Diaz allegedly mortally wounded a man in his 60s, whose roommate found him with stab wounds to his chest in their home and notified police shortly before 7 p.m. Monday, police said. The injured man was transported to a hospital, where he died. His name wasn't publicly available as of Thursday afternoon, according to the Santa Clara County Medical Examiner-Coroner's Office.
At about 9 p.m. Monday, as police were investigating the stabbing death, an officer was approached by another man who reported he had just been punched and knocked down by a person, later identified as Diaz, while walking through the mobile home park, police said. The man's mouth was moderately injured, and he was treated at a hospital.
Officers found Diaz in his home and arrested him without incident for the battery, police said.
Detectives and crime-scene investigators later connected Diaz to the stabbing and arrested him on a warrant while he remained booked in Santa Clara County Main Jail in San Jose around 4:30 a.m. Thursday, police said.
Diaz has been living with his grandmother in one of the park's cabin units for the past two years, said Rosemary, whose last name is being withheld to protect her privacy. He's been her caretaker and aide and has never been violent, she said. The charges against him came as a complete surprise.
On Monday evening, Diaz had been hanging out with friends in Buena Vista. Rosemary said she told him she was going to get antifreeze for her car and was gone for about 1 1/2 hours. When she returned, she made dinner while he was outside.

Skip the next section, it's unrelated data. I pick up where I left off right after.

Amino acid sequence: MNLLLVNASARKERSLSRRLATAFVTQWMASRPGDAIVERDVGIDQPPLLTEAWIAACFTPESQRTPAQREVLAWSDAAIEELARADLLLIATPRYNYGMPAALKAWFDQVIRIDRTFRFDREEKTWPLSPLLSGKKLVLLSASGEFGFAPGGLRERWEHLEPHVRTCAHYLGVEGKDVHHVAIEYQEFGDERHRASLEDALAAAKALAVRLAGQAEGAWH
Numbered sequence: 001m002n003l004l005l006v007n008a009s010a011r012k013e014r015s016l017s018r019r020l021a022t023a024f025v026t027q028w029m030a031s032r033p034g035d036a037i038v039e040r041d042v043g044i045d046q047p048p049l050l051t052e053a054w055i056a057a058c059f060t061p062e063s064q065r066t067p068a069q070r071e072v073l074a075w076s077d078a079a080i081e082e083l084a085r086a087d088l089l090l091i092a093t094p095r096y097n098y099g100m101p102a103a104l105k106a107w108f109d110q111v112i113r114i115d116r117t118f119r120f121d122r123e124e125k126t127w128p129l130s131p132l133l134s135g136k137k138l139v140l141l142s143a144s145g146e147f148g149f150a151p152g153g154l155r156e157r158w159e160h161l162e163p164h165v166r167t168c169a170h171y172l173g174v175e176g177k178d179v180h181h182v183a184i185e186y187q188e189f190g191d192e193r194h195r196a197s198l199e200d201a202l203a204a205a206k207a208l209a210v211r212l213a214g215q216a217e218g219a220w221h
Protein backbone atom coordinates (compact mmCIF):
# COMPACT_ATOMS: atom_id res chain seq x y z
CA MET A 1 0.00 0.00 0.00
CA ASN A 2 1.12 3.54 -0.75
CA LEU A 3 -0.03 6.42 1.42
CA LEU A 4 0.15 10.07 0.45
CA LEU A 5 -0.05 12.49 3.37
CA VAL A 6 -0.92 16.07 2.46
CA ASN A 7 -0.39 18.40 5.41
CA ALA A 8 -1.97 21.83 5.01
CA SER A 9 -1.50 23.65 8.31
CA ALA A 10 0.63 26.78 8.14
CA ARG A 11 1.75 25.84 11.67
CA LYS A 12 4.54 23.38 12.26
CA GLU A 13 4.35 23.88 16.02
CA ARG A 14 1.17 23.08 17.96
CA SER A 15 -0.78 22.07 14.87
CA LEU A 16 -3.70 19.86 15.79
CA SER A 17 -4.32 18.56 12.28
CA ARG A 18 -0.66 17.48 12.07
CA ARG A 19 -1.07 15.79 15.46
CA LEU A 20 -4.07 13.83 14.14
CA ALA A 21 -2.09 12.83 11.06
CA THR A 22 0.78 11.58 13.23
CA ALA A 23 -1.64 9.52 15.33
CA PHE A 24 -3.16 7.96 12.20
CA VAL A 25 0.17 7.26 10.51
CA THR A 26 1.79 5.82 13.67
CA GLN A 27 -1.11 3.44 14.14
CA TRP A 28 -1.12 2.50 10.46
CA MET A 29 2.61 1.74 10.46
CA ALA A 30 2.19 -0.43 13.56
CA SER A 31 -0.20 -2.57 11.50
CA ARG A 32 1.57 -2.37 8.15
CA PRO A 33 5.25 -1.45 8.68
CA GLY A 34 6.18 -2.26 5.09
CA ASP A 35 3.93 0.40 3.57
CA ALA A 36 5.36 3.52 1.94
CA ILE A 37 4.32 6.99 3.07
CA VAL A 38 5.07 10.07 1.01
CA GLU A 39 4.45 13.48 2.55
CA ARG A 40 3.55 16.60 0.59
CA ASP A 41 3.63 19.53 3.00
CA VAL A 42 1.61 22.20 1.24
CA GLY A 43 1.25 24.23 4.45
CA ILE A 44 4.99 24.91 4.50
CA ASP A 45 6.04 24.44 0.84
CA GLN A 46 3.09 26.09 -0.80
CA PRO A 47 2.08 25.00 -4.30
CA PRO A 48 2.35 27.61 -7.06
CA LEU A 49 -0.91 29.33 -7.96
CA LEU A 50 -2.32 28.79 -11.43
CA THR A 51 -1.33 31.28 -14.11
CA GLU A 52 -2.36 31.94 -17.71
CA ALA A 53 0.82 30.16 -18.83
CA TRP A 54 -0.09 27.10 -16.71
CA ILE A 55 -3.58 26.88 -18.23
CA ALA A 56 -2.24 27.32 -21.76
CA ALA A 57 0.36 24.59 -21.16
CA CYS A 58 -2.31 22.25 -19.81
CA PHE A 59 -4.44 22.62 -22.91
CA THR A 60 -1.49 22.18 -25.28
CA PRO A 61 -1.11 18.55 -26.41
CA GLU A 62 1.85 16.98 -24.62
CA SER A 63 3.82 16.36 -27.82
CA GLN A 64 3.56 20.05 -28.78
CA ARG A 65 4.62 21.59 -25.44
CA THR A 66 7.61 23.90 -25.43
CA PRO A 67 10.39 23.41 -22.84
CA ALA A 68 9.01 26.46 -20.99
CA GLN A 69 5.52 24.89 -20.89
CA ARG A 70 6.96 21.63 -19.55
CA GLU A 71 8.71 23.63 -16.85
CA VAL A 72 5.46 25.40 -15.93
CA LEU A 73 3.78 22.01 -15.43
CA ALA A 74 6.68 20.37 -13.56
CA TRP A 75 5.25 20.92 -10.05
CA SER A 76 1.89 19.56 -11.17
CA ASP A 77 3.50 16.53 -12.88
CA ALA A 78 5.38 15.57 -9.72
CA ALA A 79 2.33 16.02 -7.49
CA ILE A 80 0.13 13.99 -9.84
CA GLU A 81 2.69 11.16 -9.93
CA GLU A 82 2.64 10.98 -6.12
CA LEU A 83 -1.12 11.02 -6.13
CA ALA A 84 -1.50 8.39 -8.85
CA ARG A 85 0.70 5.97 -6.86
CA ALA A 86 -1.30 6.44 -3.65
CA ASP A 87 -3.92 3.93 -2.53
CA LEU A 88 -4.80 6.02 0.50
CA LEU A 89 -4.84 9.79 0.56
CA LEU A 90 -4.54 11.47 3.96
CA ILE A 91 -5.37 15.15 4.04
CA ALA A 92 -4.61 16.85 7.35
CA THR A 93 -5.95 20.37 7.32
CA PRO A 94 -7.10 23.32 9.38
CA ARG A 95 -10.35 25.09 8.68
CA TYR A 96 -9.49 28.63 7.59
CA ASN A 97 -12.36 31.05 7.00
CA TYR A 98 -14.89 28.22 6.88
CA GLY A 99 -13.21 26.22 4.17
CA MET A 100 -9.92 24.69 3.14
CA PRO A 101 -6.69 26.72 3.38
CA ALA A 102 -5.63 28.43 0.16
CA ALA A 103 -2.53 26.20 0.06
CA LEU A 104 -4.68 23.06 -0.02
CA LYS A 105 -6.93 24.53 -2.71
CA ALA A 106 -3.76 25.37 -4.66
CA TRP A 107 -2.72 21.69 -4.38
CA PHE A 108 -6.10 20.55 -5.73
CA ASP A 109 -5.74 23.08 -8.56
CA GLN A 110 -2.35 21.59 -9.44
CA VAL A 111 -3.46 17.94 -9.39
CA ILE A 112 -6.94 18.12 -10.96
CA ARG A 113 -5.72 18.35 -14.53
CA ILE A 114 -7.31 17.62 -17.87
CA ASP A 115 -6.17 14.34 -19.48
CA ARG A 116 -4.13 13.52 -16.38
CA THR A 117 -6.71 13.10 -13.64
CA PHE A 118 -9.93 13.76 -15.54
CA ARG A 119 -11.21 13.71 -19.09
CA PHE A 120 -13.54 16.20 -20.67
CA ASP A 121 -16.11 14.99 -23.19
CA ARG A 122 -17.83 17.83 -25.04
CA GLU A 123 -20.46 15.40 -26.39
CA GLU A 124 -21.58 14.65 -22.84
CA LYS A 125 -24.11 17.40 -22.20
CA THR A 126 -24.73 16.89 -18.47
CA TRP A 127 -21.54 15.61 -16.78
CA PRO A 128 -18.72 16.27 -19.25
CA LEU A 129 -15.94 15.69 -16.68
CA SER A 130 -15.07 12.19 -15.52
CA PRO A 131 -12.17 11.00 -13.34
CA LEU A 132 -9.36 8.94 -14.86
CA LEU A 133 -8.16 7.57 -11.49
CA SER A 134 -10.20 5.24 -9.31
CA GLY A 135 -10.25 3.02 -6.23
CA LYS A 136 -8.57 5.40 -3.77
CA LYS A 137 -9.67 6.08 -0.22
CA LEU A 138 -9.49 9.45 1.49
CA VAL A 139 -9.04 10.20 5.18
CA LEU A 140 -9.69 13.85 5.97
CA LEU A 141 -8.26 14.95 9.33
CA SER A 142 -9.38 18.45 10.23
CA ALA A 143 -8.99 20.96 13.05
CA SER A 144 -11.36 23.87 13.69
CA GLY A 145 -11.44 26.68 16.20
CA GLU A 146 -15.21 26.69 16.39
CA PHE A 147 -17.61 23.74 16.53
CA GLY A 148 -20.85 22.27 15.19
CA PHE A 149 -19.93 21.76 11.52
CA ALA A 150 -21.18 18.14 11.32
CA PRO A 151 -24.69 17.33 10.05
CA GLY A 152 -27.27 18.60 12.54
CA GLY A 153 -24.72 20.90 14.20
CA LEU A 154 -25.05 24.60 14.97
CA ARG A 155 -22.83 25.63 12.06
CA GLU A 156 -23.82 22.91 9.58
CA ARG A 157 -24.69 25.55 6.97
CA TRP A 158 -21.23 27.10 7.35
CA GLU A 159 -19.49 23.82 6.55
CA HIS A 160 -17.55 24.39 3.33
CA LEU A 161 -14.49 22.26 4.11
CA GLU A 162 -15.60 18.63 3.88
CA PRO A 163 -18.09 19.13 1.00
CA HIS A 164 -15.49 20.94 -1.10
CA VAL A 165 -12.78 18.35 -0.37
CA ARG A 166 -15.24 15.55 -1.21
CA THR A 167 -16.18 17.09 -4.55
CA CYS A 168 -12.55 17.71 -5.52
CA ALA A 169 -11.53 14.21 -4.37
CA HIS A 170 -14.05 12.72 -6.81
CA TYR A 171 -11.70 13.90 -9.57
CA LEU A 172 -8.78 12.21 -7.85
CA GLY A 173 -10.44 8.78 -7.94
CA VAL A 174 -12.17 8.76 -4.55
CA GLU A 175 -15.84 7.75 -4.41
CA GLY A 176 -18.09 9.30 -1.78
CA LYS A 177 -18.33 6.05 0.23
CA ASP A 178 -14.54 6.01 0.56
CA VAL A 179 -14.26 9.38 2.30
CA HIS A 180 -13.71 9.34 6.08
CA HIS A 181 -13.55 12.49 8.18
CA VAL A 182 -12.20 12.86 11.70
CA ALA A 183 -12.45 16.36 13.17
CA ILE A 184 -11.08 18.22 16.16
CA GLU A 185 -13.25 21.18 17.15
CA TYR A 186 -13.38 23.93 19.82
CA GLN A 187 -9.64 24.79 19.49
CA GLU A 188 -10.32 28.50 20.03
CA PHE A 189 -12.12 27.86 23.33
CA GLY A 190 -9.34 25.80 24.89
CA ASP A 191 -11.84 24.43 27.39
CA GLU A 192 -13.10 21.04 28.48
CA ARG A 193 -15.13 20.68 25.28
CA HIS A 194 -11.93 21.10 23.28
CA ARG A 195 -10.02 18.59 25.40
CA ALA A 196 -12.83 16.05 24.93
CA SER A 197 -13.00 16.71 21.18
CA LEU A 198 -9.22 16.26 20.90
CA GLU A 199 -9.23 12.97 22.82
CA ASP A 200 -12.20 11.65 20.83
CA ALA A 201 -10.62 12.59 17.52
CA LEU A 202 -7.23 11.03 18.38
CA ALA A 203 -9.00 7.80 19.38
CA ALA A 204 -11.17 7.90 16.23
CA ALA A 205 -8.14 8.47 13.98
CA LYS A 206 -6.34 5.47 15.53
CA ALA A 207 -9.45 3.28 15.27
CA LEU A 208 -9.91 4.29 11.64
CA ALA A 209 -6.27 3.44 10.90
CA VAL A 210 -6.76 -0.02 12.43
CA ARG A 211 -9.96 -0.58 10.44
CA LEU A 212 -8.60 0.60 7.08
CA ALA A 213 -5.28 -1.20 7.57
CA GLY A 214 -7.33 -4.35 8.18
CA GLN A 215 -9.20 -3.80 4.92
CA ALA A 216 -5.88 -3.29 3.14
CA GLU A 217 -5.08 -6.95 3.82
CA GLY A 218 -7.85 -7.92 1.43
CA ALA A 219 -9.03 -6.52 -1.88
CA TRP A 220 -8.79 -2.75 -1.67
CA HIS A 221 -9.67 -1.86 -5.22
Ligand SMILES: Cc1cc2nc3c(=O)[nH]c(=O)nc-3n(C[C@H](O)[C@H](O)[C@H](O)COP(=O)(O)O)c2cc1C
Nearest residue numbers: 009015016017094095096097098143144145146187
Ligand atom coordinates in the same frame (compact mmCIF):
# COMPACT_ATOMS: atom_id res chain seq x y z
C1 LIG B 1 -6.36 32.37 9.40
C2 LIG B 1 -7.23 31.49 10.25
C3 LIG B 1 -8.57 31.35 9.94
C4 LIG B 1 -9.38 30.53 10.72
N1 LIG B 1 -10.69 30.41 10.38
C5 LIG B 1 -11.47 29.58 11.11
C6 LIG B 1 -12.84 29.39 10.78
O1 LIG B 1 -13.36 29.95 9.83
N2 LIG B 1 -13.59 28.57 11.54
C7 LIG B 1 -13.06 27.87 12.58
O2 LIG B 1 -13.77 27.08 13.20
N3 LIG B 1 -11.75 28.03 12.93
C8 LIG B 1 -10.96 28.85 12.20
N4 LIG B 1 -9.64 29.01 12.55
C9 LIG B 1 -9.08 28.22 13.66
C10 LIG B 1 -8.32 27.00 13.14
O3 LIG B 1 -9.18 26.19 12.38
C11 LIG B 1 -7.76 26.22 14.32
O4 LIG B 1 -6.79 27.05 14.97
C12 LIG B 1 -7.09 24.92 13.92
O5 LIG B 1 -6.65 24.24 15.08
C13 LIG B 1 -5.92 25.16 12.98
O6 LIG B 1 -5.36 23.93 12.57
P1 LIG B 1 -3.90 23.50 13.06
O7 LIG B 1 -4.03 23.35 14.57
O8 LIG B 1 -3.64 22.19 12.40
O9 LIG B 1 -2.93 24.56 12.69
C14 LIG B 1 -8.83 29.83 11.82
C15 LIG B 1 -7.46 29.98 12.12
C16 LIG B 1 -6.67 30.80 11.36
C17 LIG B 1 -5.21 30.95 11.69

Rosemary had gone to bed when the police knocked on her door. She said she heard them tell Diaz, who was in the home, "We heard you did this," referring to the alleged punching. Police told her not to let him out of the residence while they investigated. But Diaz did leave the home, and when he returned, police arrested him for the assault, she said.
"They say he was under the influence of drugs. I don't even know what to look for in a person to tell what that's like," she said.
Diaz previously lived in Stockton and in Merced and had an episode of homelessness before moving in with her, Rosemary said.
Diaz had some scrapes with the law in the past, although she said family never discussed the circumstances with her. He was not on parole as far as she knew, and he had turned his life around.
"He really wanted to get into a church," she said, noting that he joined one on Middlefield Road.
"He would help feed the homeless. The church even gave him a part-time job. He would get up early and set up the table and chairs, and on Sundays he would set up for brunch. He would make peanut butter and jelly sandwiches and gave them to the homeless on buses. Every time he would see someone in need, he gave them money. He was very caring."
But he also had nagging medical issues stemming from a gunshot wound to his head several years ago.
Rosemary said police took one of her cars, which Diaz drove, to look for evidence. They also confiscated her trash.
As news broke of Diaz's arrest for the homicide, residents said they were surprised by Diaz's alleged actions and that anyone would kill the man in his 60s. Both were friendly to their neighbors and both were generally quiet.
"We never saw any problems from both of them," Pedro Landarellano said.